Now, you may be thinking that online privacy and security aren’t the most fascinating subject – but this month, the chances are that you’ve actually been discussing it down the pub or with your Facebook friends.
Remember the iCloud story, where celebrities’ personal photographs were taken from supposedly secure cloud storage and put online? Yes, that. If you uttered an opinion about how those celebrities could have kept their images more safely, you’ve been nattering about online security.
Simply Secure is founded on the belief that we’d all like privacy and security online, but that up until now, solutions have been too cumbersome and not user-centred enough. When implementing them becomes a hassle, even technically-literate people will choose usability over security.
How we helped
Simply Secure knew what their proposition was: now we needed to package this up into a brand for them. Crucially, it needed to transmit a playful yet serious message to launch the organisation to the world – within just four weeks.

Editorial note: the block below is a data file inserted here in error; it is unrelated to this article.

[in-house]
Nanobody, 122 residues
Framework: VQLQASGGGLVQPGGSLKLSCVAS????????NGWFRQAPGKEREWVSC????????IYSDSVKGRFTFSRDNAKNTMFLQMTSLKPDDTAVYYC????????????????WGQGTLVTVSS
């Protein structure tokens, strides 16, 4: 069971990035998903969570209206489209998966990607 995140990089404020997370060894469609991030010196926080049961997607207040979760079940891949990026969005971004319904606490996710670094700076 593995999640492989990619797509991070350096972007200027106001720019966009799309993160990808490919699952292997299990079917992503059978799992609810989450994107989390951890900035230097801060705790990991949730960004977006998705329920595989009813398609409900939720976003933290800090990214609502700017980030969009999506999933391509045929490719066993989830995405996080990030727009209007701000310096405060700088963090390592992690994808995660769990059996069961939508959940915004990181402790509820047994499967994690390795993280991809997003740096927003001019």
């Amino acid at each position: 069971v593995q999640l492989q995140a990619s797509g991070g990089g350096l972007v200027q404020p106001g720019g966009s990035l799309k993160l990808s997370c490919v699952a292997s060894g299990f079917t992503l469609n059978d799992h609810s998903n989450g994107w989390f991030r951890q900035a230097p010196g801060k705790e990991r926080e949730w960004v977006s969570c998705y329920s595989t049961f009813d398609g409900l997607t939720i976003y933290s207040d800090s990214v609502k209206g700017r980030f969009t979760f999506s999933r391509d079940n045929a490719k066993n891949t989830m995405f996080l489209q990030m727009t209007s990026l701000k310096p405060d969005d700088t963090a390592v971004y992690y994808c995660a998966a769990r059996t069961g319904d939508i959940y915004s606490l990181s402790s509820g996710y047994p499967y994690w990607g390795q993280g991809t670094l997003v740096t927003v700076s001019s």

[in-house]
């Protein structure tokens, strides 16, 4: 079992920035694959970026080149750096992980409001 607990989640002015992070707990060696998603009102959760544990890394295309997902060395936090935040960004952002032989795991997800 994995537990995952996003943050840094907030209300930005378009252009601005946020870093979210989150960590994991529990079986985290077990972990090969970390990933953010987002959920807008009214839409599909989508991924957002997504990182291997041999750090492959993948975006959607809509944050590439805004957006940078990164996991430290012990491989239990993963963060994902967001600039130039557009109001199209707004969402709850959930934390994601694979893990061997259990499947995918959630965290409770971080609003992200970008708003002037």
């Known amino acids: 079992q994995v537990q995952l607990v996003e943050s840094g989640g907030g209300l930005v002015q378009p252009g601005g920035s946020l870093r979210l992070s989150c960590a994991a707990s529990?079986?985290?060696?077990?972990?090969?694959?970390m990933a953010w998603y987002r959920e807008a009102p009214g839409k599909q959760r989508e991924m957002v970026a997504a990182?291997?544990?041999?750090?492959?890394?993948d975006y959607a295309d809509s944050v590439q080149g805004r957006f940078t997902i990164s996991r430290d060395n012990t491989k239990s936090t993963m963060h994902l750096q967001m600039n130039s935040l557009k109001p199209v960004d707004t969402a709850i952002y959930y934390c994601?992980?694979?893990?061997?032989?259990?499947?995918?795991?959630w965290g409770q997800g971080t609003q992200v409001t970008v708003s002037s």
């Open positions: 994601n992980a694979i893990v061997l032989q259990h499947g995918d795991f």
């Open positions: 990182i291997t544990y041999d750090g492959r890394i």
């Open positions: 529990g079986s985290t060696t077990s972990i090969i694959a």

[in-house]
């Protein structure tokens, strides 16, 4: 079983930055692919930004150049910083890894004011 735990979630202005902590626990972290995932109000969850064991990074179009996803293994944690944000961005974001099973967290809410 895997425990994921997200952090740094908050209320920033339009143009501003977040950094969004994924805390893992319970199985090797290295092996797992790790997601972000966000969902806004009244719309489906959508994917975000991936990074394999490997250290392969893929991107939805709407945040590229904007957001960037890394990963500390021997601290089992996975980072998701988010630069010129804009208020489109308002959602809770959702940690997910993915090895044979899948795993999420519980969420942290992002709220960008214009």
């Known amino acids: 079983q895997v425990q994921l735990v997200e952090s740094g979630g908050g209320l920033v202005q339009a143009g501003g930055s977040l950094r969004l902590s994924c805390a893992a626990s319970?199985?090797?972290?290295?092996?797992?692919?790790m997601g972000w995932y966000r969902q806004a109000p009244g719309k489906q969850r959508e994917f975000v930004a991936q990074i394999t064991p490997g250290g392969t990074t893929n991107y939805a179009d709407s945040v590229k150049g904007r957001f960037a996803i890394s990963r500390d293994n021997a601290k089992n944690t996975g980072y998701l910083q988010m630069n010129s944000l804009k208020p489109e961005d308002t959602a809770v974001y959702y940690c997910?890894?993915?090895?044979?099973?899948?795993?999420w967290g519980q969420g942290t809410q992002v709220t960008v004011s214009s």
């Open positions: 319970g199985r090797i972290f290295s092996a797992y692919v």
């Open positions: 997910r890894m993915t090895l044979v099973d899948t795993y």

Our designer Martin developed all the necessary branding and illustration. He created a look and feel that would be carried across not just Simply Secure’s website, but into the real world, on stickers and decoration for the launch event.
Meanwhile, mySociety Senior Consultant Mike helped with content, page layout and structure, all optimised to speak directly to key audience groups.
Down at the coding end of things, our developer Liz ensured that we handed over a project that could be maintained with little to no cost or effort, and extended as the organisation’s purpose evolves.
“mySociety are brilliant to work with. They did in a month what I’ve seen others do in six, and they did it better” – Sara “Scout” Sinclair Brody, Simply Secure
What did the client think? In their own words: “We approached [mySociety] with a rush job to build a site for a complex and new effort.